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Can I get an amen up in here?
Last Sunday night, I participated in a public eucharist organized by the SF Night Ministry where a young drag queen offered testimony to the crowd gathered at Jane Warner Plaza (the F-Line turnaround at Castro & Market). She described her faith in Jesus and how church had been her childhood safe space “until it wasn’t.” After internalizing messages of disapproval and condemnation, she eventually turned to alcohol and drugs, looking to escape from something inescapable. No one can, no one should, feel shame for how God made them.
Everyone who follows Jesus is called to live authentically and ethically. Surely Jesus wants us to support one another, especially when we’re struggling.
Through tears and waterproof mascara, a young man in drag evangelized complete strangers, revealing how the Holy Spirit had located him in an Ecstasy-fueled haze on a San Francisco dance floor and had delivered him back into the arms of unconditional love. He praised what we-who-belong already know: the healing power of community nurtures, inspires and transforms us.
No matter who you are, your life is holy. Your story is echoed somewhere, somehow in the sacred text. If you have not yet discovered where your spirit intersects with the Bible, keep going. In the meantime, you may yet find your purpose through serving others. Or in finally becoming still. Or singing a hymn. Or in prayer.
Prayer for Illumination
May the words of our mouths and the meditations of our hearts be acceptable in your sight, O God our rock and redeemer. Amen.
The Incubator of Exile
Tradition teaches that the author of Jeremiah also wrote Lamentations since both books share a common history. The story goes that Nebuchadnezzar had gutted Jerusalem’s temple and infrastructure, divided the kingdom and locked up Jerusalem’s leaders in Babylon. In the 7th century BC, Judeans found themselves in a particularly lamentable situation. They were cut off from one another, isolated. Anybody here know something about surviving captivity?
Lou, Petter and I live just off Geary Boulevard. At the beginning of the lockdown, there were whole hours in the middle of the day where Geary was completely still. No cars, no pedestrians, nada. I remember looking out the window thinking, “How apocalyptic!”
Beware Deuteronomist Theology
Please take your pew Bibles and turn to page 666.
Look at Lamentations’ opening line.“How lonely sits the city that once was full of people!” We usually skip this chapter because it is sad, and then Chapter 2 isn’t much better, so angry, illustrating what is called the Deuteronomist tradition. Just look at it. “The Lord is angry and has humiliated everybody. God has thrown down with wrath,” and there’s a whole lot of smitin’ going on. The Deuteronomist tradition intends to scare us and shame us into conformity. Is that what God wants? Why would an Omnipotent being bother with getting mad at the likes of you and me? Beware the theology of punishment. Another amen please.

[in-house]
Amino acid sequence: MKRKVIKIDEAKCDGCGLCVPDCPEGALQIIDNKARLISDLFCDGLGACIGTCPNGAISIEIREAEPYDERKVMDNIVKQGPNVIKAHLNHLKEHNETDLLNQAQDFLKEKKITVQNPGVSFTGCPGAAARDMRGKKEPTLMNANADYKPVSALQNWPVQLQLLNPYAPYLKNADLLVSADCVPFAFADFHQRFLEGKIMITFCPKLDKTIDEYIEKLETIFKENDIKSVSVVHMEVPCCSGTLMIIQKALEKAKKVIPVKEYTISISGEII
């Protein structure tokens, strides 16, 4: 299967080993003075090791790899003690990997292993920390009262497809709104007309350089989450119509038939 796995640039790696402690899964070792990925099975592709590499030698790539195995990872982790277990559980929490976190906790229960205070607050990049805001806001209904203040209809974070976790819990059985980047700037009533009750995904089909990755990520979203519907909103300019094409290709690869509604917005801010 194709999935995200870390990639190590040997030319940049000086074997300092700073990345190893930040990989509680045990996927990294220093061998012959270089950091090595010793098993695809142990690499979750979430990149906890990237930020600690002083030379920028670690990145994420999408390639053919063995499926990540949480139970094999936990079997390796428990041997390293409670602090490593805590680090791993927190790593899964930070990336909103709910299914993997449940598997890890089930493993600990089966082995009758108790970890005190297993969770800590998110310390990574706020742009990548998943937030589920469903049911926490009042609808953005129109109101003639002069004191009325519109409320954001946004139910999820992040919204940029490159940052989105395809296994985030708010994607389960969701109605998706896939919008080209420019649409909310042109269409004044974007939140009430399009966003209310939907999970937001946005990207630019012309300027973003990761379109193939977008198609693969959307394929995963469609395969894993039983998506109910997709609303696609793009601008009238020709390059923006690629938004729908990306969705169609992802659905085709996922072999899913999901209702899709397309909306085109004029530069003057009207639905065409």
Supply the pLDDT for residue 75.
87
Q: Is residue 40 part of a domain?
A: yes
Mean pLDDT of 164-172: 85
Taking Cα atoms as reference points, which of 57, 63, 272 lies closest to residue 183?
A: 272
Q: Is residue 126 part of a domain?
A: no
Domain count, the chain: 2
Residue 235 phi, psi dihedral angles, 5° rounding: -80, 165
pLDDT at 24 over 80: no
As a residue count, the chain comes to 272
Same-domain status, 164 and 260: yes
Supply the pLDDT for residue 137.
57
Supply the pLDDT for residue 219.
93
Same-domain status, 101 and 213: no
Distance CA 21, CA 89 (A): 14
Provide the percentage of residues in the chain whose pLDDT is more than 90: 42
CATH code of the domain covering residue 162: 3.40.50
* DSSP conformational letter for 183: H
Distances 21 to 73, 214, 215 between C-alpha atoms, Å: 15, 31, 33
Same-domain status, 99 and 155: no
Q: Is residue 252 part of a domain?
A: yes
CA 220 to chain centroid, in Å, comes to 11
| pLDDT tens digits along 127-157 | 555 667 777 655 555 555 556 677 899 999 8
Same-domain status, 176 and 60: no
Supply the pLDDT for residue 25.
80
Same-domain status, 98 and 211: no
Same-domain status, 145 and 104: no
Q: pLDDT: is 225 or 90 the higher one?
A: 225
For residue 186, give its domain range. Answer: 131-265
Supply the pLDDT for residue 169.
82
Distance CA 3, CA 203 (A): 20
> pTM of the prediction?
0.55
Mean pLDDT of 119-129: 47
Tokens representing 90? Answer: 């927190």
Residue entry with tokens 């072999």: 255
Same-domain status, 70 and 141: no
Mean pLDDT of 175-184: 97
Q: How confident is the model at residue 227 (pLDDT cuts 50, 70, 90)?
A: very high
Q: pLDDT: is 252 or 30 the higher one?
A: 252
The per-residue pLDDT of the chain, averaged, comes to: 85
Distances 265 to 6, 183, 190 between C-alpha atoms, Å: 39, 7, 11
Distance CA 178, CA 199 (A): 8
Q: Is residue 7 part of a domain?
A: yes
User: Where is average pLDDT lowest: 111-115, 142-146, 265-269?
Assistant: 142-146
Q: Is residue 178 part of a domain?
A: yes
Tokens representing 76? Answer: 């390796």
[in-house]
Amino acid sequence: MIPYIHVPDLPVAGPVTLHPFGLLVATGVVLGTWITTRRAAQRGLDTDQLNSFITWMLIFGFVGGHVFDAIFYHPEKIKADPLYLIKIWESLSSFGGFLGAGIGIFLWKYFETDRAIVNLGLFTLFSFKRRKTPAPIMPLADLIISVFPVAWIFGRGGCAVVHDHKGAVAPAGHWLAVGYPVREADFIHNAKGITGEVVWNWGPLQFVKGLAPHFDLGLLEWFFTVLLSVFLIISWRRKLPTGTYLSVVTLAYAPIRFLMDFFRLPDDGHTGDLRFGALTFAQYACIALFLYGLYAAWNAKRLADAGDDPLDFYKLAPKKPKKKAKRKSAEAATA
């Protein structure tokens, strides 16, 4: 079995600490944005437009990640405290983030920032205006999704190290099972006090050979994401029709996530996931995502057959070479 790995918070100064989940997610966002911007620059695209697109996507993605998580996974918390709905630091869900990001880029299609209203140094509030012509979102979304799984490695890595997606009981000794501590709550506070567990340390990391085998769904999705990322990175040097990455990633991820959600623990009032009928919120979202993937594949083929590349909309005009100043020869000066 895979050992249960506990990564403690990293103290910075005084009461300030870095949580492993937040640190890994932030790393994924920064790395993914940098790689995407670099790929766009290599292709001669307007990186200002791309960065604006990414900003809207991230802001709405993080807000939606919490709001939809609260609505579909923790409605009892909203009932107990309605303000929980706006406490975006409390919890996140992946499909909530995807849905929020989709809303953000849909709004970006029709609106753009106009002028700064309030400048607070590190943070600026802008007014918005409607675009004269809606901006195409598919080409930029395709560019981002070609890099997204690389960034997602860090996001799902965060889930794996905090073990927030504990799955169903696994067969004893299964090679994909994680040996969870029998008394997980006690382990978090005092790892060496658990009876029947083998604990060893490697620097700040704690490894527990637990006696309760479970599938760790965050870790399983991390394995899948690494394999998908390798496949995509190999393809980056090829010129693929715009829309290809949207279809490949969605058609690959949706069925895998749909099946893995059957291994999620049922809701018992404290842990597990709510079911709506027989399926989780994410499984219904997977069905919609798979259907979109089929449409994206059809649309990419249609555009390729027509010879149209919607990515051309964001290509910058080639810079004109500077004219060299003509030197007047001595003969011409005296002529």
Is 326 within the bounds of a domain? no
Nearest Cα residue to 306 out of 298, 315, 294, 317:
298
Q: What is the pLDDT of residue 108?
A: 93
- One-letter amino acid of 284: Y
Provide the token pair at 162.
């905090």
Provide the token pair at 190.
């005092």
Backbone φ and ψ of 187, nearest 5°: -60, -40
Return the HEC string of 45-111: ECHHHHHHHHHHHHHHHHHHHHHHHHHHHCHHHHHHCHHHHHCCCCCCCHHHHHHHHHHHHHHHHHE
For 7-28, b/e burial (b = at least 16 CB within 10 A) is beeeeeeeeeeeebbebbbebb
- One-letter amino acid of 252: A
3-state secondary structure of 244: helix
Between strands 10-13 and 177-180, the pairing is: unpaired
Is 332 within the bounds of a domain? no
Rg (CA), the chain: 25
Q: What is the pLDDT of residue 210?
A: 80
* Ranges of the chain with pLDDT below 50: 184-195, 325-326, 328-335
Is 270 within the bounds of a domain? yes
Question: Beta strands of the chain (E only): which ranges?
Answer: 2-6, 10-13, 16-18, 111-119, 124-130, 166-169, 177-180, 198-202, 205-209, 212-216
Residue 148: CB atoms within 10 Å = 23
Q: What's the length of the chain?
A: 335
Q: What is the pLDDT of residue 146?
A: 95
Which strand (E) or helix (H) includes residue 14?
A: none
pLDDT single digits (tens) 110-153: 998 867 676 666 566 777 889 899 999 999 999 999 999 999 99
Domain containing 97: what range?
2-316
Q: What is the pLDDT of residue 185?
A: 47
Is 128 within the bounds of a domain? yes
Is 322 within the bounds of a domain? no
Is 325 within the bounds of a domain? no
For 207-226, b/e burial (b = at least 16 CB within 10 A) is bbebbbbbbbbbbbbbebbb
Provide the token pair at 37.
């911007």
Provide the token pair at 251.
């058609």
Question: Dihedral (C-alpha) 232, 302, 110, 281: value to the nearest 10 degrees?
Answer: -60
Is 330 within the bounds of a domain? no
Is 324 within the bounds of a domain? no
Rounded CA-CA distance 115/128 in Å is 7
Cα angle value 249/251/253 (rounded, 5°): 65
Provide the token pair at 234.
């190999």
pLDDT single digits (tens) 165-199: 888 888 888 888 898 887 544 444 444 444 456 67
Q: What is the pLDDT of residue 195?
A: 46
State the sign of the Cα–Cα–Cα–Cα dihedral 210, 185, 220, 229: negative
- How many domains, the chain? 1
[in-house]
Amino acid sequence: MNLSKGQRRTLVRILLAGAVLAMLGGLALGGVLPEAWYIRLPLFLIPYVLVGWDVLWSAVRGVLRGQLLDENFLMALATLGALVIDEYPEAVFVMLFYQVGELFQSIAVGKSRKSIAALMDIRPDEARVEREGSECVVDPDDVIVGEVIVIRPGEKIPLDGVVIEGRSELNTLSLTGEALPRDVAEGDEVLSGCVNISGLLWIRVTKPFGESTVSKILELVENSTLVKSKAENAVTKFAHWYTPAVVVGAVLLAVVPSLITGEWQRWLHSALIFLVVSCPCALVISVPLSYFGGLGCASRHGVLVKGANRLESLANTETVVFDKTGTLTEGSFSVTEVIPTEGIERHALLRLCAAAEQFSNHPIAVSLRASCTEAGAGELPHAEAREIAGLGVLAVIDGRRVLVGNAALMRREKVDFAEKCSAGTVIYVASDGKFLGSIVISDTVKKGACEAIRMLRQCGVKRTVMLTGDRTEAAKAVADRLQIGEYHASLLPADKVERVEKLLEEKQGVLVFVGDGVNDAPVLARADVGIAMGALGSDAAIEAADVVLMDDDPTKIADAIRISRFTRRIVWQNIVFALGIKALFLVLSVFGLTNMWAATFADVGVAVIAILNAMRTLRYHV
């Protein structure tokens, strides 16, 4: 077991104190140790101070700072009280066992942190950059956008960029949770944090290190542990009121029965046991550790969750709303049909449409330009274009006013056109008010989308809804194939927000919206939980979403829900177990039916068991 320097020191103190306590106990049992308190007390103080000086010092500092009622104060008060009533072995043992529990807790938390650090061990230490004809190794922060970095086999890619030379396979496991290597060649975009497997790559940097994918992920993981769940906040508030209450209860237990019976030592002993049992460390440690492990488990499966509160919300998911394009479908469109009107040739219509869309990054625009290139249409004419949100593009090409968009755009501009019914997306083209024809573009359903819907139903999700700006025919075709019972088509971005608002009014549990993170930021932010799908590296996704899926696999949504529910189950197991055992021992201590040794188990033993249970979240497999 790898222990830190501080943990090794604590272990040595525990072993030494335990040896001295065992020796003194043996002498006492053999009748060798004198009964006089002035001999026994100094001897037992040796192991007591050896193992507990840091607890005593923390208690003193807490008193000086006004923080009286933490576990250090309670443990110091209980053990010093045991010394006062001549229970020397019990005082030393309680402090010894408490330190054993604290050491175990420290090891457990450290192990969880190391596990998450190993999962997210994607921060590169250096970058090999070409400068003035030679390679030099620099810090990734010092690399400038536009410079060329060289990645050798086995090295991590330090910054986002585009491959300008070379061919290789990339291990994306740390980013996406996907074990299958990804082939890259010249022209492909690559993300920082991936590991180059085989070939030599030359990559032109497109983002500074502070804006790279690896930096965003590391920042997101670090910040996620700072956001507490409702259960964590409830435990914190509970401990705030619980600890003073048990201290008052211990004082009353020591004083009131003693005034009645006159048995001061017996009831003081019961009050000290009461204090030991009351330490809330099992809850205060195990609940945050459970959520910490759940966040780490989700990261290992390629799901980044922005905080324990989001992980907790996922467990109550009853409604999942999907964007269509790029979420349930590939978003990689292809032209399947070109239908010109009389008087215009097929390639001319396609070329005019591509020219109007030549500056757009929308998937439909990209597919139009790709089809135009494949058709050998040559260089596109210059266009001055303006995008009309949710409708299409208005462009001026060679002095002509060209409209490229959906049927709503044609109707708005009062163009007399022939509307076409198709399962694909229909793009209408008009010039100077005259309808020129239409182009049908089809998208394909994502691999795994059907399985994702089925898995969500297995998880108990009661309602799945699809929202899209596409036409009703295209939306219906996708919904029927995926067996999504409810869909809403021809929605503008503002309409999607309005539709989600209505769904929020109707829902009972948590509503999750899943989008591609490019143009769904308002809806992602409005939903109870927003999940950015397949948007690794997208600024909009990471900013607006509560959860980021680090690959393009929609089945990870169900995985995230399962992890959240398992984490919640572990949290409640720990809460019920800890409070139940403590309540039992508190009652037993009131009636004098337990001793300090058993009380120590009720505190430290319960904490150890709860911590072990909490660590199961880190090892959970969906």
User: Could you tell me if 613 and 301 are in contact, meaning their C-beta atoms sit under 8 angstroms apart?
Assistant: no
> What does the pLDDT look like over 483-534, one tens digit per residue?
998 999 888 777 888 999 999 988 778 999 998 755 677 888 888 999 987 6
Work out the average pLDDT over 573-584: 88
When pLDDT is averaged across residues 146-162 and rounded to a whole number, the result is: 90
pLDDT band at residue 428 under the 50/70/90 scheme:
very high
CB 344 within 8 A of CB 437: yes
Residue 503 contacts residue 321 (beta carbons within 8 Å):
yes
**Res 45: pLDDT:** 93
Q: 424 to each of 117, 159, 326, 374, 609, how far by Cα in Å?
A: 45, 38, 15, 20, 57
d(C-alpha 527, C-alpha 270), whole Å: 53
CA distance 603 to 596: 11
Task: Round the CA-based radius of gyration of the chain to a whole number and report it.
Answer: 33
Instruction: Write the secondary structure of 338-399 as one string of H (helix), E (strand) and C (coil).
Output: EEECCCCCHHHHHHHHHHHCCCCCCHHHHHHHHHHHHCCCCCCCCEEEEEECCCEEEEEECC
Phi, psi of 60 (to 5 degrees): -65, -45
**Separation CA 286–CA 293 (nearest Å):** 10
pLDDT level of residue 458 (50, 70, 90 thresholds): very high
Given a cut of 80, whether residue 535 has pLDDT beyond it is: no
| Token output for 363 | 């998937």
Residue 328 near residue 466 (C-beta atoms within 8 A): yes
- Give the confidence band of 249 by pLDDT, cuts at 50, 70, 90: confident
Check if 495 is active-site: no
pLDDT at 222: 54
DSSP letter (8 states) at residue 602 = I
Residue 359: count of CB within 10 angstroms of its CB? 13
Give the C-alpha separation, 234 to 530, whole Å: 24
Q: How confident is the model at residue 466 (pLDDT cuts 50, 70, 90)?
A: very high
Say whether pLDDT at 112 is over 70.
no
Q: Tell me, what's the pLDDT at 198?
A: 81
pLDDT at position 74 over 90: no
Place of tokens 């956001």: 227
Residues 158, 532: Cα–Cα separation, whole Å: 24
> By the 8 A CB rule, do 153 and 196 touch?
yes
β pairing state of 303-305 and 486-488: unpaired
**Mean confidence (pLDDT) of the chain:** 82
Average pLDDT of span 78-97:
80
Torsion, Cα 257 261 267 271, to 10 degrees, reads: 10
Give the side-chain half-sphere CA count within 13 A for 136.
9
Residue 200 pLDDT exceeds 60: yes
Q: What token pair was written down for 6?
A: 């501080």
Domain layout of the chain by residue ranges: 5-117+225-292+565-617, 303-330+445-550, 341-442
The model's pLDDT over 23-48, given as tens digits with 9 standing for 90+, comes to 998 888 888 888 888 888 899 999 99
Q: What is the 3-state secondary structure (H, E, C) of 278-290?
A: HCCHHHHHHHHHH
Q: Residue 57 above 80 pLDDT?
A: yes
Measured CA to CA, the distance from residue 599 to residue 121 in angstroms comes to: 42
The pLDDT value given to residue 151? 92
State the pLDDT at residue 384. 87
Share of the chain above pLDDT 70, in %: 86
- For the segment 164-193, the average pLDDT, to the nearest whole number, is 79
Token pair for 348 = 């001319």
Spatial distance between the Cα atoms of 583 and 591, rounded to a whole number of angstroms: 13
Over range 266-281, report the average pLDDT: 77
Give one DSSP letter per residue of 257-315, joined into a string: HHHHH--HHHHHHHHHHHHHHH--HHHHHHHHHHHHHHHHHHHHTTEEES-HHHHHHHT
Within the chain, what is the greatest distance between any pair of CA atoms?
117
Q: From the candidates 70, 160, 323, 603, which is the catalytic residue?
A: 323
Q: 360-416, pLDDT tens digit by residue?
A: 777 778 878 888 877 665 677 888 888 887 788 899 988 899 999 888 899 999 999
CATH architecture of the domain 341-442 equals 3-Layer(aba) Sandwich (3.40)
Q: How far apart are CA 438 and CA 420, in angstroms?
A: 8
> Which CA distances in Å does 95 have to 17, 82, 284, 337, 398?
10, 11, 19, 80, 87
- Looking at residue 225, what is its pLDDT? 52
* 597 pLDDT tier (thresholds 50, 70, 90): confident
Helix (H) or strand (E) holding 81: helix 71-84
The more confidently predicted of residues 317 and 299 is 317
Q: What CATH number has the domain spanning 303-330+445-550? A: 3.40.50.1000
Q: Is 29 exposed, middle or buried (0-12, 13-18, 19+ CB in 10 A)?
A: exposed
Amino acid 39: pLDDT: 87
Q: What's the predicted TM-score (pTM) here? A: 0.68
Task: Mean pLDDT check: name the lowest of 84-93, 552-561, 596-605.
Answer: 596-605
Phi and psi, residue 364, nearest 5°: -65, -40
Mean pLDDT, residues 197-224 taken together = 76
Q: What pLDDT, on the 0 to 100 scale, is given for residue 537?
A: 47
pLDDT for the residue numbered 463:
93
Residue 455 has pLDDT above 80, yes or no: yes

The second reading is from Lamentations 3, verse 22 on page 669 top of the page, second column. Let’s read it aloud together.
Lamentations 3:22-33 The steadfast love of the Lord never ceases, his mercies never come to an end; they are new every morning, great is your faithfulness. “The Lord is my portion,” says my soul, “therefore I will hope in him.” The Lord is good to those who wait for him, to the soul that seeks him. It is good that one should wait quietly for the salvation of the Lord. It is good for one to bear the yoke in youth, to sit alone in silence when the Lord has imposed it, to put one’s mouth to the dust (there may yet be hope), to give one’s cheek to the smiter, and be filled with insults. For the Lord will nor reject forever. Although he causes grief, he will have compassion according to the abundance of his steadfast love (33) for [God] does not willingly afflict or grieve anyone.
The word of the Lord. Thanks be to God.
Did you catch that last verse? The mistaken theologies of punishment and God’s anger—they fade in the light of God’s mercy. Just hearing you read aloud together I am overcome.
You see, I’ve been preaching to an iPhone on a music stand. No matter what I do, I cannot persuade it to believe. May I do better with you today!
After all, Christianity is more than a beautiful online experience. It’s about body and blood, praying and singing together.
We will end today’s service singing “Great Is Thy Faithfulness” based on verse 23. It’s the diary of deliverance, the scripture of survival. Jean-François Lyotard writes “This ‘survival’ does not prolong a life that is already dead; [survival] initiates, in the death of what was there, the miracle of what is not yet there, of what is not yet identified.”
“God’s mercies are new every morning” and “God’s love never ceases” — words penned after rampant tragedy, as the exile begins to slacken and deliverance is at hand. You feel me? Can you find yourself in this story? Is our country’s situation echoed in there?
Keep It Real
Now, authentic lament is not something for the cameras. It is not performative victimhood, as is the fashion these days amongst spoiled cowards. Lament is courageous, grounded in real loss and vulnerability. What happened to us was quantifiable, and it is still changing us.